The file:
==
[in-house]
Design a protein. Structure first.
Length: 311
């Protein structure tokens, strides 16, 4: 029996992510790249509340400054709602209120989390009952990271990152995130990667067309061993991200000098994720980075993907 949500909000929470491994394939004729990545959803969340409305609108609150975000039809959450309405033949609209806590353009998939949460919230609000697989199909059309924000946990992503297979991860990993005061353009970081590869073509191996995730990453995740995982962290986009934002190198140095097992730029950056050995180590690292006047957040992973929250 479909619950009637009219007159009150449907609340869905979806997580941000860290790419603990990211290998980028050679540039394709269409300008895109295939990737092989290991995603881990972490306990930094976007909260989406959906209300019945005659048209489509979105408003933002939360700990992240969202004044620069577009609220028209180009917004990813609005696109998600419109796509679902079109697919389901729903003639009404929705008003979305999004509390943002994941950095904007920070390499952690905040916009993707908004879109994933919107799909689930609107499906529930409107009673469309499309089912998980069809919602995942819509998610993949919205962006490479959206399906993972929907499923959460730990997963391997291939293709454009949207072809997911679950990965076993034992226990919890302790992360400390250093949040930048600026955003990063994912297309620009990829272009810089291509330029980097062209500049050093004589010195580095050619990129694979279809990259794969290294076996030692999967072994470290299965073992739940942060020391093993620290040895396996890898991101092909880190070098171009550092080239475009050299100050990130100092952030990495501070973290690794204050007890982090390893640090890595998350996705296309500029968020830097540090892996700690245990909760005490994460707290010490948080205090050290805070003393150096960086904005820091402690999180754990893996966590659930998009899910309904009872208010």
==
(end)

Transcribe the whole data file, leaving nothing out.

[in-house]
Design a protein. Structure first.
Length: 311
């Protein structure tokens, strides 16, 4: 029996992510790249509340400054709602209120989390009952990271990152995130990667067309061993991200000098994720980075993907 949500909000929470491994394939004729990545959803969340409305609108609150975000039809959450309405033949609209806590353009998939949460919230609000697989199909059309924000946990992503297979991860990993005061353009970081590869073509191996995730990453995740995982962290986009934002190198140095097992730029950056050995180590690292006047957040992973929250 479909619950009637009219007159009150449907609340869905979806997580941000860290790419603990990211290998980028050679540039394709269409300008895109295939990737092989290991995603881990972490306990930094976007909260989406959906209300019945005659048209489509979105408003933002939360700990992240969202004044620069577009609220028209180009917004990813609005696109998600419109796509679902079109697919389901729903003639009404929705008003979305999004509390943002994941950095904007920070390499952690905040916009993707908004879109994933919107799909689930609107499906529930409107009673469309499309089912998980069809919602995942819509998610993949919205962006490479959206399906993972929907499923959460730990997963391997291939293709454009949207072809997911679950990965076993034992226990919890302790992360400390250093949040930048600026955003990063994912297309620009990829272009810089291509330029980097062209500049050093004589010195580095050619990129694979279809990259794969290294076996030692999967072994470290299965073992739940942060020391093993620290040895396996890898991101092909880190070098171009550092080239475009050299100050990130100092952030990495501070973290690794204050007890982090390893640090890595998350996705296309500029968020830097540090892996700690245990909760005490994460707290010490948080205090050290805070003393150096960086904005820091402690999180754990893996966590659930998009899910309904009872208010």